1. Taco Bell ‘I’m Ronald McDonald’
Brief: Stick it to McDonald’s.
Solution: Hire a bunch of real-life blokes called Ronald McDonald and get them to endorse our new product.
(It’s not the first time this has been done – for instance, there was a Samsung campaign that got people called David Bailey to take photos with Samsung cameras. But this feels cleverer – I for one was tremendously disappointed to receive a ‘David Bailey print’ in the post that was a blurry photo of nothing by a nobody).
2. Wu-Tang Clan release one copy of their new album
Brief: How can we make loads of people want to buy our new album?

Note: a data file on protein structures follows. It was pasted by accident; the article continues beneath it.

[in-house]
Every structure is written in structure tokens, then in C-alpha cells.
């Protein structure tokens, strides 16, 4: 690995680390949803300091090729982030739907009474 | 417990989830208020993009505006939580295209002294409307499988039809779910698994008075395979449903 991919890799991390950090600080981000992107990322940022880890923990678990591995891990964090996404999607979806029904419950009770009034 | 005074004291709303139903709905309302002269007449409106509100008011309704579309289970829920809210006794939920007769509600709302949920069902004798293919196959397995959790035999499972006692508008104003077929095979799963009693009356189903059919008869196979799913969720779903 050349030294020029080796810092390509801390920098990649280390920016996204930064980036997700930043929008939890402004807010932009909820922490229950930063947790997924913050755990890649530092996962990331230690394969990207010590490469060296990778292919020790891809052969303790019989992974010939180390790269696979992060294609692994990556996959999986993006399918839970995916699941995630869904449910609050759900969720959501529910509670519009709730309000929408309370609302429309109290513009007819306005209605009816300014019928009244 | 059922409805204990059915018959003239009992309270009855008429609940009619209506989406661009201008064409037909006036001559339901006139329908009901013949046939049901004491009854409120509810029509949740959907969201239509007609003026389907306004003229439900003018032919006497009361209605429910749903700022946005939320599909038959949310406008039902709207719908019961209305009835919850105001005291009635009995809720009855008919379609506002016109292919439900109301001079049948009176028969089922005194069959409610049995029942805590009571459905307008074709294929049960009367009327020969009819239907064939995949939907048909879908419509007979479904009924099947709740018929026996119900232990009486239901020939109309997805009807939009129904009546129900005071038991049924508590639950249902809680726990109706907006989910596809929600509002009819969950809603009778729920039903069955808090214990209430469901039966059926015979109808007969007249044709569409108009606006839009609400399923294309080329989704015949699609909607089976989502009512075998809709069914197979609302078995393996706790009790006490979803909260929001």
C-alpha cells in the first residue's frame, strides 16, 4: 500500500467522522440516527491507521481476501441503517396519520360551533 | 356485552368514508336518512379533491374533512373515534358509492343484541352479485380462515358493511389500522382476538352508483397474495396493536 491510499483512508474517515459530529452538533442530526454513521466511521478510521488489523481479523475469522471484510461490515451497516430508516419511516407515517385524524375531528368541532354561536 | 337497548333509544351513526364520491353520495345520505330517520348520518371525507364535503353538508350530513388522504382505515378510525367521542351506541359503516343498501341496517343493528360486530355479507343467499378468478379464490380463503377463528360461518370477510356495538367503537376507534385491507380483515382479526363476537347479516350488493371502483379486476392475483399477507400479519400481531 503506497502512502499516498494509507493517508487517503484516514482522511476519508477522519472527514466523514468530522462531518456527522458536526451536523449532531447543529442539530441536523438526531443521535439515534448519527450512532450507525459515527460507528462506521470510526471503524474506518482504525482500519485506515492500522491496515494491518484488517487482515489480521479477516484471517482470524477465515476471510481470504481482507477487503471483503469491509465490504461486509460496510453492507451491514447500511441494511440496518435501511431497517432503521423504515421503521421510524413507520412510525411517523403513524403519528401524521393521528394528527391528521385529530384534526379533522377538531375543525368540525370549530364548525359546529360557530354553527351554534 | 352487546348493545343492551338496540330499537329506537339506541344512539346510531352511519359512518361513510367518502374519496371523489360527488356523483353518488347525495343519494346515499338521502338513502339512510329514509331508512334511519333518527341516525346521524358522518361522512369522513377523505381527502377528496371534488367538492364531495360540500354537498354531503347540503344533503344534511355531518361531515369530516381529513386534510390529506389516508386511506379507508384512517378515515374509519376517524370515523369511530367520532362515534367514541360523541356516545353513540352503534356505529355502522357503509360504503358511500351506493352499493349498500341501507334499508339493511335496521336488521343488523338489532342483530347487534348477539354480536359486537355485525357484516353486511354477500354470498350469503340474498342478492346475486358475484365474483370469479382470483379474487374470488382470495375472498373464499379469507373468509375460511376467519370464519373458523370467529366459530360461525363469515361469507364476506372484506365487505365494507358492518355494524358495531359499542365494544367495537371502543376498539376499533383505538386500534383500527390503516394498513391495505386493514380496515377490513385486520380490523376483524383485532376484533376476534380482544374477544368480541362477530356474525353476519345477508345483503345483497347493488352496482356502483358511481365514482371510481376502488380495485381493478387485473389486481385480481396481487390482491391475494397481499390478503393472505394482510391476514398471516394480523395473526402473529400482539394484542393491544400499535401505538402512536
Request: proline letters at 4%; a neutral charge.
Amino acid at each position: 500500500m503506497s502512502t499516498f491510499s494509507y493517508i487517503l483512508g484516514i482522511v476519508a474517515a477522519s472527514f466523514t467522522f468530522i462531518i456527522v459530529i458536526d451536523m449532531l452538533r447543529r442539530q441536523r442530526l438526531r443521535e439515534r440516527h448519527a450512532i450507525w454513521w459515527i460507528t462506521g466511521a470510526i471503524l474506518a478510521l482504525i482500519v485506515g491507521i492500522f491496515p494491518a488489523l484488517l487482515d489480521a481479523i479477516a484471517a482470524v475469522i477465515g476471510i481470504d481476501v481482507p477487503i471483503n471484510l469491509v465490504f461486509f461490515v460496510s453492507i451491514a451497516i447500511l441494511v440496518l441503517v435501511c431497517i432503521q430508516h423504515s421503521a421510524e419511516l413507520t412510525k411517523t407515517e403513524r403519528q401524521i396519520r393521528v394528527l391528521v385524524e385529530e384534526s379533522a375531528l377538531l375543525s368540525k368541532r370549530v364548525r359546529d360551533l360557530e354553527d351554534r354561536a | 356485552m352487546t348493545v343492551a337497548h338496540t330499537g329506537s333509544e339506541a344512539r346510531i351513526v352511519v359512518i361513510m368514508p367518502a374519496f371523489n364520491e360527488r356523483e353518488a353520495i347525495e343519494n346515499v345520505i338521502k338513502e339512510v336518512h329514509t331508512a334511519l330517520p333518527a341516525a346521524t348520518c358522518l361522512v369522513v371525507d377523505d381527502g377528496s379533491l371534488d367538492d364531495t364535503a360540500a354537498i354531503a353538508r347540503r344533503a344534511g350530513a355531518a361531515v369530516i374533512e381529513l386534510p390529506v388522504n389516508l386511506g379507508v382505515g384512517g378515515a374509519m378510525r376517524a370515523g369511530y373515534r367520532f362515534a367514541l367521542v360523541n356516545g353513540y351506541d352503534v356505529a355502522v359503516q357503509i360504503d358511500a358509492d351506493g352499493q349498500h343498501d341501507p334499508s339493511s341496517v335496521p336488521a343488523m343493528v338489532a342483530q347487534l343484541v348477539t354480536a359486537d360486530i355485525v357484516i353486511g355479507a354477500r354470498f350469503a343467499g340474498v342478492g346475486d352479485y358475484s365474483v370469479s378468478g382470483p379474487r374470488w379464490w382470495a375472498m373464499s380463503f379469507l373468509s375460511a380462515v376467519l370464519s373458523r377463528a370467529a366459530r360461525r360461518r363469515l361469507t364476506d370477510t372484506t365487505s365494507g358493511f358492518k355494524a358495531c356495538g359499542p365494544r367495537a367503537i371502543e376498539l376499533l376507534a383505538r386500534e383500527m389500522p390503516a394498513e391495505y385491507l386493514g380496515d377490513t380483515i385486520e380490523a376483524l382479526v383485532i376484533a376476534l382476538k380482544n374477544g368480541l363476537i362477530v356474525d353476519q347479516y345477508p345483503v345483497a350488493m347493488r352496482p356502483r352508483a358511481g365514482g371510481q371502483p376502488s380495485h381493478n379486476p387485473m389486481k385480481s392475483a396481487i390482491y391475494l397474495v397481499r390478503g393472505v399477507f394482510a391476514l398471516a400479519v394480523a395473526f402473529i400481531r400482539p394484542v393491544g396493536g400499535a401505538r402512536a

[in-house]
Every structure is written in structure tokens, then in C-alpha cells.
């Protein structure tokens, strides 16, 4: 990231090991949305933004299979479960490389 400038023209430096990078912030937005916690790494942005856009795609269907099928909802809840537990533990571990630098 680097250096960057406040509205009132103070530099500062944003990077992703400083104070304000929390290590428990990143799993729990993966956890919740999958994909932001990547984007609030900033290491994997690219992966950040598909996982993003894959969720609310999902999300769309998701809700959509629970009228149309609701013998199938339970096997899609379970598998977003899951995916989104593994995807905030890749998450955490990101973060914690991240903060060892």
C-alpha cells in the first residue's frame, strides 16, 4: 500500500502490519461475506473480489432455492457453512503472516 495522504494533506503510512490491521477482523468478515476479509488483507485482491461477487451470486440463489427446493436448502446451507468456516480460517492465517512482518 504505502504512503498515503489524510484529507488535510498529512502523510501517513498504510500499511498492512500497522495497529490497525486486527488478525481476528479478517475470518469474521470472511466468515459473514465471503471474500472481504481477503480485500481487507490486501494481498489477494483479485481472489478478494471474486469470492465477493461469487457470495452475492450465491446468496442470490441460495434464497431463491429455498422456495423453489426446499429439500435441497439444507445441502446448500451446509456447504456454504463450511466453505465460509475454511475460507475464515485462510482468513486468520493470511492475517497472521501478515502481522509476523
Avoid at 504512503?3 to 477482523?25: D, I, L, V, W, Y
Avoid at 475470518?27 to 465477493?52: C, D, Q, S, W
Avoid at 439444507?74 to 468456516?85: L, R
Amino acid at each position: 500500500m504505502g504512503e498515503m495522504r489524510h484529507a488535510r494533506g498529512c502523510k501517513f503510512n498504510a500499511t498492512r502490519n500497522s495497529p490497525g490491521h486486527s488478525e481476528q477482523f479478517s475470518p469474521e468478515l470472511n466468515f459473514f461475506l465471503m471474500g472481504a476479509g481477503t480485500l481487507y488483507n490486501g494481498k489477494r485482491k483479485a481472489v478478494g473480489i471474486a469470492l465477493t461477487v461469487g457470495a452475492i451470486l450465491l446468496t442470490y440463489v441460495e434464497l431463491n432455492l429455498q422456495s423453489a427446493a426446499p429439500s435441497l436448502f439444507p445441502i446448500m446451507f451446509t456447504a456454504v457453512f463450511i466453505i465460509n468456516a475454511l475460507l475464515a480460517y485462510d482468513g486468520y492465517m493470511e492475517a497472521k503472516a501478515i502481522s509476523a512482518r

Solution: Only make one copy.
Apparently, the Clan’s latest release ‘Once Upon A Time In Shaolin’ will be “encased in a handcrafted silver-and-nickel box. Before it goes on sale, the multi-million dollar album will also go on tour through museums, galleries, and other art events.” (PSFK)
Hell, even I want to hear it now, and I wouldn’t call myself a Wu-Tang fan (though I do like fancy-pants silver boxes).
It’s not a new idea that restricted supply often means increased demand, and advertisers have used this before too (eg. when Burger King pretend-discontinued the Whopper), but I can’t even imagine how hard it was to convince high-level music marketing folks that making the album all-but-unavailable is the best way to sell it. Of course, it’s already making huge waves for Wu-Tang and I’d be very surprised if album sales weren’t significantly higher as a result.
Some excellent brain food there on both counts. Any more examples? Put ’em in the comments.